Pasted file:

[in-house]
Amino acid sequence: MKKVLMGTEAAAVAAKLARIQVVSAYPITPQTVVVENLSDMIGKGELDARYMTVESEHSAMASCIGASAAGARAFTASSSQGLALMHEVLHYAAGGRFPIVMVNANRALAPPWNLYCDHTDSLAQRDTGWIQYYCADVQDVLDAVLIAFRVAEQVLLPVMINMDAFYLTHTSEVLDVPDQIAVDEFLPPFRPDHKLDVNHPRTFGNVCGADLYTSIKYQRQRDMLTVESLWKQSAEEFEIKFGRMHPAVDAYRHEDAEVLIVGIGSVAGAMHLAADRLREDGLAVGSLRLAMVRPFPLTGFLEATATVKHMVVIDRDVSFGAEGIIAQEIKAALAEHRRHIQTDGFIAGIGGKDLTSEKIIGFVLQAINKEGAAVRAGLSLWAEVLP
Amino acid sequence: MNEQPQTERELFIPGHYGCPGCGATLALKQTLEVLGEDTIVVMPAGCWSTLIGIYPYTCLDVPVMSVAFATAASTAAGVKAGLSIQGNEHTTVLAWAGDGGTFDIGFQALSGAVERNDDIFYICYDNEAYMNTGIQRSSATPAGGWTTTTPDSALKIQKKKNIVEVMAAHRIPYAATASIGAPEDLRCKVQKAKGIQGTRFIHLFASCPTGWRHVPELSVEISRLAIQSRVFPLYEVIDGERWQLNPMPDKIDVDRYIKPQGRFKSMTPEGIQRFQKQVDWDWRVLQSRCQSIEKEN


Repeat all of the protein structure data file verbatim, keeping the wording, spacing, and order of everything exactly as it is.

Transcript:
[in-house]
Amino acid sequence: MKKVLMGTEAAAVAAKLARIQVVSAYPITPQTVVVENLSDMIGKGELDARYMTVESEHSAMASCIGASAAGARAFTASSSQGLALMHEVLHYAAGGRFPIVMVNANRALAPPWNLYCDHTDSLAQRDTGWIQYYCADVQDVLDAVLIAFRVAEQVLLPVMINMDAFYLTHTSEVLDVPDQIAVDEFLPPFRPDHKLDVNHPRTFGNVCGADLYTSIKYQRQRDMLTVESLWKQSAEEFEIKFGRMHPAVDAYRHEDAEVLIVGIGSVAGAMHLAADRLREDGLAVGSLRLAMVRPFPLTGFLEATATVKHMVVIDRDVSFGAEGIIAQEIKAALAEHRRHIQTDGFIAGIGGKDLTSEKIIGFVLQAINKEGAAVRAGLSLWAEVLP
Amino acid sequence: MNEQPQTERELFIPGHYGCPGCGATLALKQTLEVLGEDTIVVMPAGCWSTLIGIYPYTCLDVPVMSVAFATAASTAAGVKAGLSIQGNEHTTVLAWAGDGGTFDIGFQALSGAVERNDDIFYICYDNEAYMNTGIQRSSATPAGGWTTTTPDSALKIQKKKNIVEVMAAHRIPYAATASIGAPEDLRCKVQKAKGIQGTRFIHLFASCPTGWRHVPELSVEISRLAIQSRVFPLYEVIDGERWQLNPMPDKIDVDRYIKPQGRFKSMTPEGIQRFQKQVDWDWRVLQSRCQSIEKEN